A language test center in Taipei yesterday said that it is working toward offering language proficiency tests for Southeast Asian languages.
The Language Training and Testing Center said it plans to introduce authorized tests for Southeast Asian languages, as it has done for the Japanese and Korean languages.
The largest foreign language test center in the nation is collecting data and coordinating with the authorities in Southeast Asian nations to obtain accreditation to administer the tests, research and development head Jessica Wu (吳若蕙) said.
Encouraged by the government’s “new southbound policy,” the center began offering Vietnamese language classes earlier this year, but has not yet been accredited to administer proficiency tests in that language, Wu said.
The policy seeks to develop closer ties with Southeast and South Asian nations, as well as New Zealand and Australia.
Although Vietnam and other Southeast Asian nations conduct language proficiency tests, the tests are not available in foreign nations, she said.
Taiwan could become the first nation in the world to offer tests for people learning the languages, Wu said.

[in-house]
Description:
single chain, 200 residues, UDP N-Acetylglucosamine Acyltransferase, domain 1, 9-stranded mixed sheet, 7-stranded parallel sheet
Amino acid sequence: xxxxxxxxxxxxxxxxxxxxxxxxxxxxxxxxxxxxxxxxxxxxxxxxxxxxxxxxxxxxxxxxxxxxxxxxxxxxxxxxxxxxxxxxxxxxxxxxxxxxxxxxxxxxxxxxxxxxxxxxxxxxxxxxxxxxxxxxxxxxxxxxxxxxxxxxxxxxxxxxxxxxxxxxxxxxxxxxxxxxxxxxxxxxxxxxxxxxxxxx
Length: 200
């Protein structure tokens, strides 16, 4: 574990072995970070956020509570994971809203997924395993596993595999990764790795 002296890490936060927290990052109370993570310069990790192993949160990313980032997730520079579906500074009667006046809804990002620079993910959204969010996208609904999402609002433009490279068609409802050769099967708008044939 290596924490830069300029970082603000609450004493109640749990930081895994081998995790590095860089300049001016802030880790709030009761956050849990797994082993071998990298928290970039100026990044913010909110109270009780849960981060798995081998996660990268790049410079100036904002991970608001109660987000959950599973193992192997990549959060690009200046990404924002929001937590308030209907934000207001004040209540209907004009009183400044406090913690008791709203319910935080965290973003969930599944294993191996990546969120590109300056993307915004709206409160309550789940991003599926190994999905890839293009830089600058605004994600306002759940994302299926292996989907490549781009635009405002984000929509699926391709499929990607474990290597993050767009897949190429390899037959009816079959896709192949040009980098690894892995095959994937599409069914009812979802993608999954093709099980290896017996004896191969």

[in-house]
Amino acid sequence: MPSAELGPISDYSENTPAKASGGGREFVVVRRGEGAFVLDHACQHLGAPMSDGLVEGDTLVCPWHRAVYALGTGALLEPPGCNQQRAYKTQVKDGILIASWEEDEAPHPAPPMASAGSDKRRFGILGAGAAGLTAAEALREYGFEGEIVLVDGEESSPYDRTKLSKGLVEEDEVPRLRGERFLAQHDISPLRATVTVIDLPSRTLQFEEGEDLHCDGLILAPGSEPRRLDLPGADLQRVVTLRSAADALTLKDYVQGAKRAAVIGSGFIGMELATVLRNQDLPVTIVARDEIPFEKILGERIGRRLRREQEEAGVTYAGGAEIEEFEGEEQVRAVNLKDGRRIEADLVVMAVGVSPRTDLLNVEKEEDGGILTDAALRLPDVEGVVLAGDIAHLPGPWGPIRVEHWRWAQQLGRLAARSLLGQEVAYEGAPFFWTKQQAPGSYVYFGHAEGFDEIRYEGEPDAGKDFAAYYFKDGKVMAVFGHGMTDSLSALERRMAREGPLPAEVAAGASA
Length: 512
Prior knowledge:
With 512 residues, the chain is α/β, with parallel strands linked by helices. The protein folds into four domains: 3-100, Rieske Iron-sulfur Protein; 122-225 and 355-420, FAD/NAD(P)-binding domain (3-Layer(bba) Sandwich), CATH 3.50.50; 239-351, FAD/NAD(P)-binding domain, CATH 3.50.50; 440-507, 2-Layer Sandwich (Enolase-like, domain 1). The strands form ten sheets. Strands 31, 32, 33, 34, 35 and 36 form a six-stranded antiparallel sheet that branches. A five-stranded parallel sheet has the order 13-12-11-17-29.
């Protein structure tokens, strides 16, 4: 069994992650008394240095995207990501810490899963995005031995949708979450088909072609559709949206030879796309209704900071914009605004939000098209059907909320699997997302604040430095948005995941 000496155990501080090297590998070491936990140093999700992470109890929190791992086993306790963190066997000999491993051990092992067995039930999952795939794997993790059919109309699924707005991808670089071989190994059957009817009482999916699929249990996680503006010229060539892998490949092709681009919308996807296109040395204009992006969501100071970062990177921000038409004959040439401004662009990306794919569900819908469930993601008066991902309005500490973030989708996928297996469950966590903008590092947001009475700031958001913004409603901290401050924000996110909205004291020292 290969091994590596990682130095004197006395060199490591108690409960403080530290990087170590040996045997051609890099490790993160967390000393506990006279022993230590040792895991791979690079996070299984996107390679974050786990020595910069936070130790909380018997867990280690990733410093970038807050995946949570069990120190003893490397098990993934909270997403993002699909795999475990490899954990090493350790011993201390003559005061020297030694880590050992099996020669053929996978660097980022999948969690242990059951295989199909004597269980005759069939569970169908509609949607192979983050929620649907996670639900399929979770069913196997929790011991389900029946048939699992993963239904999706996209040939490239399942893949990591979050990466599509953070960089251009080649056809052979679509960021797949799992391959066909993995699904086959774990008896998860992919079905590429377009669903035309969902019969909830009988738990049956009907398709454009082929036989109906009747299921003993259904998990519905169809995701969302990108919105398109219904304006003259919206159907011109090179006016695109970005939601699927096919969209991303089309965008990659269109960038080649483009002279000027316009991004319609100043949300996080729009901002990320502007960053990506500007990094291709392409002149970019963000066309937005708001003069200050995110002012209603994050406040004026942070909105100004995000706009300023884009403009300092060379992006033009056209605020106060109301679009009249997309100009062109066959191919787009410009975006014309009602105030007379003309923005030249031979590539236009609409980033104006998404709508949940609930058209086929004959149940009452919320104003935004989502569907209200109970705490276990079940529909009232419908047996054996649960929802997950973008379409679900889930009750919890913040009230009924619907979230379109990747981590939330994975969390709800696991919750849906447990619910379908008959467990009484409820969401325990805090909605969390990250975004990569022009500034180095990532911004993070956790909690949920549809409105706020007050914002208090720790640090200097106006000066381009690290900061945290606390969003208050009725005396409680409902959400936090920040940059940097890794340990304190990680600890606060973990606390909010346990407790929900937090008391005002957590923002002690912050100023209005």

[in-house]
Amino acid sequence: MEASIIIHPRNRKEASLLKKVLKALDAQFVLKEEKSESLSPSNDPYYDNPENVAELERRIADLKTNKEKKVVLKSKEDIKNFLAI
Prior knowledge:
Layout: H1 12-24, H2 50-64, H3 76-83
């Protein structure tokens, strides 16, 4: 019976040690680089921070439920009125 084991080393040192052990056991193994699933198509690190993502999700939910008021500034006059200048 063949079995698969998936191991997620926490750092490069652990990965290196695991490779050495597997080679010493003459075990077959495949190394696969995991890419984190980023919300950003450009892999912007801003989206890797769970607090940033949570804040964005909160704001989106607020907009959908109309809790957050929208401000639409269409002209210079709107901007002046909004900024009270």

She said young and middle-aged people would likely be the most interested in the languages, because it would give them an advantage in the job market.
The core curriculum of the nation’s K-12 education system includes languages of the home nations of new immigrants.
In related news, demand for Japanese-language classes has been growing among Taiwanese, many of whom are likely interested in Japanese tourism and TV dramas, the center said.
Of the 870,000 people worldwide who took the Japanese-Language Proficiency Test (JLPT) last year, about 80,000 were from Taiwan, said the center, which is authorized to administer the test in the nation.
The number was second only to 217,000 Chinese and surpassed 79,000 South Koreans who took the test, the center said, citing statistics from the Japan Foundation, a co-organizer of the JLPT.
Between 2011 and last year, the number of people in Taiwan taking the test rose 51 percent, the center said.
The jump is remarkable given the relatively small size of the nation’s population and would probably be even higher if self-taught people were taken into account, it said.
Taiwan has the sixth-highest number of Japanese-teaching institutions and the fifth-largest number of Japanese teachers and students in the world, the statistics show.
More than 60 percent of JLPT candidates in Taiwan are between the ages of 16 and 25, Wu said.
However, the number of older candidates has been increasing, Wu said, adding that it could be caused by the popularity of the Japanese culture.
The JLPT is divided into five levels, from N1 to N5, and the results are accepted as qualification for admission to Japanese universities, and for employment and promotion in Japan, Wu said.
People who major in Japanese are required to pass the highest levels of N1 or N2, while exchange students in Japan are required to pass at least the N3 level, she said.
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